Arrays Array is a list or collection of data items which are stored in the form of a table and is given a common

name which is called array name or Subscript variable name. (Read the advantages of Array from the book) Pointers: Pointers are the special type of variable which point to another variable, structure, function or even a pointer. (Read the advantages of pointer from the book) Data Structure (Unit 2) A data structure is the organization of data in a computer’s memory or in a file. An ADT (Abstract Data type) defines a data structure with set of entities, their use in independent from a particular programming language and a set of operations on the entities. (Read Unit 2 carefully as it is the introductory part of the whole book). Stack: A stack is a data structure where we insert and delete the data from the same end known as Top. The insert operation in stack is known as Push and delete operation is know as Pop operation. Stack is based on LIFO basis. Normally stack has limited size but stack can be built with unlimited size using linked list. Queue: A queue is a data structure where data is inserted from one end and deleted from another end. The end from were we insert data is known as Rear end and the end from were we delete the data is known as Front end. The types of queues are : Ordinary Queue, Double ended queue, Circular queue and Priority queue.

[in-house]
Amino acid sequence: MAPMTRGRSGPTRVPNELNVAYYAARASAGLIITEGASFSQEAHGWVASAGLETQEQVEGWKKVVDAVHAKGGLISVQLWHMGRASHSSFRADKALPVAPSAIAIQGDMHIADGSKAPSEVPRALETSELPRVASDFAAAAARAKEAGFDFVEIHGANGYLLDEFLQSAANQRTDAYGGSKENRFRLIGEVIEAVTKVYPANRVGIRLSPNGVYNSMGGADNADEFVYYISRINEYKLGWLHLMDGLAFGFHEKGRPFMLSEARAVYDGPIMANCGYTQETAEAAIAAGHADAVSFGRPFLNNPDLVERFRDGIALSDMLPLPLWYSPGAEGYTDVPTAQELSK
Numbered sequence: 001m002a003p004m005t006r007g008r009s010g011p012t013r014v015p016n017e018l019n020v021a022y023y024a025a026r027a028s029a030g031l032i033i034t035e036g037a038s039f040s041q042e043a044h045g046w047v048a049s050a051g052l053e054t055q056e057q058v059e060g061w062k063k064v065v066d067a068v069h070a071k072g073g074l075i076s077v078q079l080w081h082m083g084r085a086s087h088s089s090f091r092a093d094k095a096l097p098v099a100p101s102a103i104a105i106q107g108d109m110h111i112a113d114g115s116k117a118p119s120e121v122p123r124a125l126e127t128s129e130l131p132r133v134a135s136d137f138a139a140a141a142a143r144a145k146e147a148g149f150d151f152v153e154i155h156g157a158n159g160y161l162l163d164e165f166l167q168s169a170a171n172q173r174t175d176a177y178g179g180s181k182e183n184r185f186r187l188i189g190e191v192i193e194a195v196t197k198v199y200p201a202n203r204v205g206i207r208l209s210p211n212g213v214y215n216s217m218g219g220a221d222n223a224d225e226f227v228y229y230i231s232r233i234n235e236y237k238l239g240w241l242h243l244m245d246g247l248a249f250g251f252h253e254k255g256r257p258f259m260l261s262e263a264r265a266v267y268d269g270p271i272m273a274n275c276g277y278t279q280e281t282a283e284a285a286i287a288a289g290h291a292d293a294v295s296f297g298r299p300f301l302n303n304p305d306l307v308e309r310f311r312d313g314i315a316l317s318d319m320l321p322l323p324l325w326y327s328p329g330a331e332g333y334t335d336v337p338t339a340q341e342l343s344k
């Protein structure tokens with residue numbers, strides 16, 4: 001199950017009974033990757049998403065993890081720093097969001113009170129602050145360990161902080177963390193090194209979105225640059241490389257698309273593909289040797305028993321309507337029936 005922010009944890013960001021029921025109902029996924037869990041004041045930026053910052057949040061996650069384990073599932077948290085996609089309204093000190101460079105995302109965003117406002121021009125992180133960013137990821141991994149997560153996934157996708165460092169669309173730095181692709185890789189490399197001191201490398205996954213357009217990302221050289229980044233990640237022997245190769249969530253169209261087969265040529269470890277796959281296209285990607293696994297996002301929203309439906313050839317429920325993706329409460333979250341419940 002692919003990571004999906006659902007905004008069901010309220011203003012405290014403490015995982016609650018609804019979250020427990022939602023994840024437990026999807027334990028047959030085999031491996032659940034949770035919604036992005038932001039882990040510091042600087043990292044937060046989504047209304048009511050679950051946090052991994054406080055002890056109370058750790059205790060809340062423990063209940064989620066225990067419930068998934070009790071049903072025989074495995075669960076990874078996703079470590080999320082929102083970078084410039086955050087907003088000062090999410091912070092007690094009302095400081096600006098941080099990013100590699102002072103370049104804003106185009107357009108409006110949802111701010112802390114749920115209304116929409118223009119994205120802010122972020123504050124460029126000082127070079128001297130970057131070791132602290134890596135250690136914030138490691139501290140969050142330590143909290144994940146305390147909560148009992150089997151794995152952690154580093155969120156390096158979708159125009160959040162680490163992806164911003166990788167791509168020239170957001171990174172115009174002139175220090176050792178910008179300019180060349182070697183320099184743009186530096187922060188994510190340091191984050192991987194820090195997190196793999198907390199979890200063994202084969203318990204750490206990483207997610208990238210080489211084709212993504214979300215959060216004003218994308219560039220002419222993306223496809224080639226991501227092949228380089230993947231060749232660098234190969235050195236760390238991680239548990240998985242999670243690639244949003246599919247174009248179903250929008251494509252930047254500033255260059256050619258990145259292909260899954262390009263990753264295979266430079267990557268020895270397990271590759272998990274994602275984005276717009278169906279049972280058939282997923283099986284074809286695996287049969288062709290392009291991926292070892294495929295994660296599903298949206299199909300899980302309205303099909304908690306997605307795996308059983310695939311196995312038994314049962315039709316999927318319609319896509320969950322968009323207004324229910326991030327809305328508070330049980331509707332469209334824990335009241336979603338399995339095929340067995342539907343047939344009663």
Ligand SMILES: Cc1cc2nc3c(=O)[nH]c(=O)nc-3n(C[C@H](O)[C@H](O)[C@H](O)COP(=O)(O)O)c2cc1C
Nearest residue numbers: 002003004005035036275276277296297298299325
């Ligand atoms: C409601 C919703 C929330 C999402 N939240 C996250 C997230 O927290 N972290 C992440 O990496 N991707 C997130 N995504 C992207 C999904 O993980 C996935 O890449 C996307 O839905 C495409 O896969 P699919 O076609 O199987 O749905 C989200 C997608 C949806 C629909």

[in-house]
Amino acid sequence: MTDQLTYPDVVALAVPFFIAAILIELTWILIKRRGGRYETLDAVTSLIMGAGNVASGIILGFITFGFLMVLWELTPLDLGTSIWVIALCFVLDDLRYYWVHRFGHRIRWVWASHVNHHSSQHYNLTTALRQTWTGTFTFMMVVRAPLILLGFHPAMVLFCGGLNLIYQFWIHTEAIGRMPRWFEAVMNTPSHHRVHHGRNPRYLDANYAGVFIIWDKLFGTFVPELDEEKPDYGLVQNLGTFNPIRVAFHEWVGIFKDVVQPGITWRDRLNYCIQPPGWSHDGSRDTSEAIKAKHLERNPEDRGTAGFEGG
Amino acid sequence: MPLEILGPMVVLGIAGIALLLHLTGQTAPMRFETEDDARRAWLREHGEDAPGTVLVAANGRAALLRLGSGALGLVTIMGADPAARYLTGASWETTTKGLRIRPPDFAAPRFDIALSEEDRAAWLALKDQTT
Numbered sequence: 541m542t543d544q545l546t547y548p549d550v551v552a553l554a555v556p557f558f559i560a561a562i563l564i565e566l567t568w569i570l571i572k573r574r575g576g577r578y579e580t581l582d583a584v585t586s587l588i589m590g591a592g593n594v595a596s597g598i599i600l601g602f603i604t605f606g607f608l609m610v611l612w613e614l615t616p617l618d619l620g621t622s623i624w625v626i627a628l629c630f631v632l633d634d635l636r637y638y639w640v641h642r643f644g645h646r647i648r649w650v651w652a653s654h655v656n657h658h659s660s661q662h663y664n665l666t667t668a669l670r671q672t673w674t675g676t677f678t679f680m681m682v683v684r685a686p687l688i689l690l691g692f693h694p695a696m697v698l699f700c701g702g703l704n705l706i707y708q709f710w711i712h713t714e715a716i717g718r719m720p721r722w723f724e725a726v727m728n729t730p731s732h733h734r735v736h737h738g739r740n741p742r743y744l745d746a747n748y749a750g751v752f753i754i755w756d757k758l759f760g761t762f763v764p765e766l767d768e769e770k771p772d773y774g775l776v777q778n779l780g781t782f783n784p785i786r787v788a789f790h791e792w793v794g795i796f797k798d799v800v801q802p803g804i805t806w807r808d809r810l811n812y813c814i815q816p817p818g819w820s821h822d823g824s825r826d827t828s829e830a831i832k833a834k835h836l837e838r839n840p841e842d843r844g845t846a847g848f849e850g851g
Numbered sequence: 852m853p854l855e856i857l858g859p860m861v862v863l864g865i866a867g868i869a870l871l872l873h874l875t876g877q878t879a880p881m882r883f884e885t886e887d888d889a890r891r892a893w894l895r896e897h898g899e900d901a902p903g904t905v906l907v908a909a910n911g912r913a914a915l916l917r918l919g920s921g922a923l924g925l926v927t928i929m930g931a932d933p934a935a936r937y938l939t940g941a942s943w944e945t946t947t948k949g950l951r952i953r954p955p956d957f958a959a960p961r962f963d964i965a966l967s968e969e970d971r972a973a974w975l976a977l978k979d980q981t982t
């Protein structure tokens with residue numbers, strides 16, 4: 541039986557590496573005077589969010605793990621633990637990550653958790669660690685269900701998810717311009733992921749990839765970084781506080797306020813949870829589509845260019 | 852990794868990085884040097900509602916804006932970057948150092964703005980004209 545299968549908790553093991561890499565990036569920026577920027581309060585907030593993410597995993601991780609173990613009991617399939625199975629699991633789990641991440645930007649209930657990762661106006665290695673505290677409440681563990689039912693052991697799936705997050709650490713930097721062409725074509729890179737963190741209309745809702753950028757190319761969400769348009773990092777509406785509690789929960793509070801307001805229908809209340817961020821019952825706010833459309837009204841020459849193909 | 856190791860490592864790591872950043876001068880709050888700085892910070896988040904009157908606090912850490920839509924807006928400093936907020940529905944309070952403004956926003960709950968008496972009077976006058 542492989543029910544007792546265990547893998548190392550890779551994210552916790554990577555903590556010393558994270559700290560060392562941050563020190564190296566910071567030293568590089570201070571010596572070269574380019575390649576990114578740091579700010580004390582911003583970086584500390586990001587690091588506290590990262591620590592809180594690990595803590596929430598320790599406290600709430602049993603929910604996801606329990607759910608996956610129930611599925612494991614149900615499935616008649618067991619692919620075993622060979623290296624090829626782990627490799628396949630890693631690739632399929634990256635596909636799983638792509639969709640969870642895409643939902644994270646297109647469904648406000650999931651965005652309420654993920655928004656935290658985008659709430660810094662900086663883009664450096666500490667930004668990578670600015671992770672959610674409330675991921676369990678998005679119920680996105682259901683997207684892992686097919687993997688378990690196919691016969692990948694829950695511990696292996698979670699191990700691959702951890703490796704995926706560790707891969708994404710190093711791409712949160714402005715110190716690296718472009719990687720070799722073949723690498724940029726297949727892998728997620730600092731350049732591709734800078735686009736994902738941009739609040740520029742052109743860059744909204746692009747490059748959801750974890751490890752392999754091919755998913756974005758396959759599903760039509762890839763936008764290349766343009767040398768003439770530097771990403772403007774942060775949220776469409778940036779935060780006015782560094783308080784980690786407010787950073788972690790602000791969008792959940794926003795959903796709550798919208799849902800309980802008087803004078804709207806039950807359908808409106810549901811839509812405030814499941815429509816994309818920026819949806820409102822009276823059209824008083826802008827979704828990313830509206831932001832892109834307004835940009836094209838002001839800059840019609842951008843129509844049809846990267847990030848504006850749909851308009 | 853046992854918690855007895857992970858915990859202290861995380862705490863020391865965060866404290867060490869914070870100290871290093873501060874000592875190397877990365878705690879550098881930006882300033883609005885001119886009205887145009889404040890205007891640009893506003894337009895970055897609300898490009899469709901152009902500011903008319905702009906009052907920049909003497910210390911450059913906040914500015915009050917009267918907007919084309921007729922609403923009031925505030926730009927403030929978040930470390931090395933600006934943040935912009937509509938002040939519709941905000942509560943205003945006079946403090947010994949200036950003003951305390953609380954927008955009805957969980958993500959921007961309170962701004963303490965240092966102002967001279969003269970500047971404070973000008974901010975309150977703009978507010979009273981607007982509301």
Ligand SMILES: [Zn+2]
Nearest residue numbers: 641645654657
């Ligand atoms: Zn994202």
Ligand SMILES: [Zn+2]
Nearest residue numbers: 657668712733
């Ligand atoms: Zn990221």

Tree:
A tree a is a data structure which consists of a finite set of elements, called nodes and a finite set of directed lines, called branches that connect the nodes. The number of branches associated with a node is the degree of the node. The branch coming towards the node is the indegree of the node. Similarly the outgoing branches from the node means the outdegree of that node. The first node of the tree is known as root. When the tree is empty, then root is equals to null. In another case the indegree of the root is always 0. Elements of Tree: Leaf: Leaf is a node with no successors. Or Leaf is a node with outdegree equals to 0. Root: The unique node with no predecessor. Or the first node of the tree which has always indegree equals to 0. Non Leaf: A node which has both a parent and at least one child.

Traverse the left subtree in Inorder.) Inorder Traversal (Algorithm: i. W. The degree of internal nodes is 3 i. In a complete binary tree of level 2 or more than 2. (iii) Process the node. P. Binary Tree Traversal techniques: Pre-order Traversal (Algorithm: i. Q. 1 Preorder Traversal: P.R.P Splay trees . R. Traverse the left subtree in postorder.) Post-order Traversal (Algorithm: i.U.V Inorder Traversal: S. the degree of a root node is 2. (ii) Traverse the right subtree in postorder.V. Siblings: Nodes that have the same parent.T.Q. Binary Tree: It is a directed tree in which outdegree of each node is less than or equal to two i.U.T. (ii) Process the node (iii) Traverse the right subtree in inorder. In a binary tree the two children are called left and right.e.R.S. each node in a tree can not have more than two children. the indegree of internal node is 1 and the outdegree is 2. (ii) Traverse the left subtree in Pre-order (iii) Traverse the right subtree in Pre-order.e.) Example of the tree traversal: P Q S W T R U V Fig.R.Q.Children: The successors of a node Parent: The unique predecessor of a node.W. U. Process the node. V Postorder Traversal: W. Internal Nodes: Nodes that are not root and not leaf are called as internal nodes. T.S.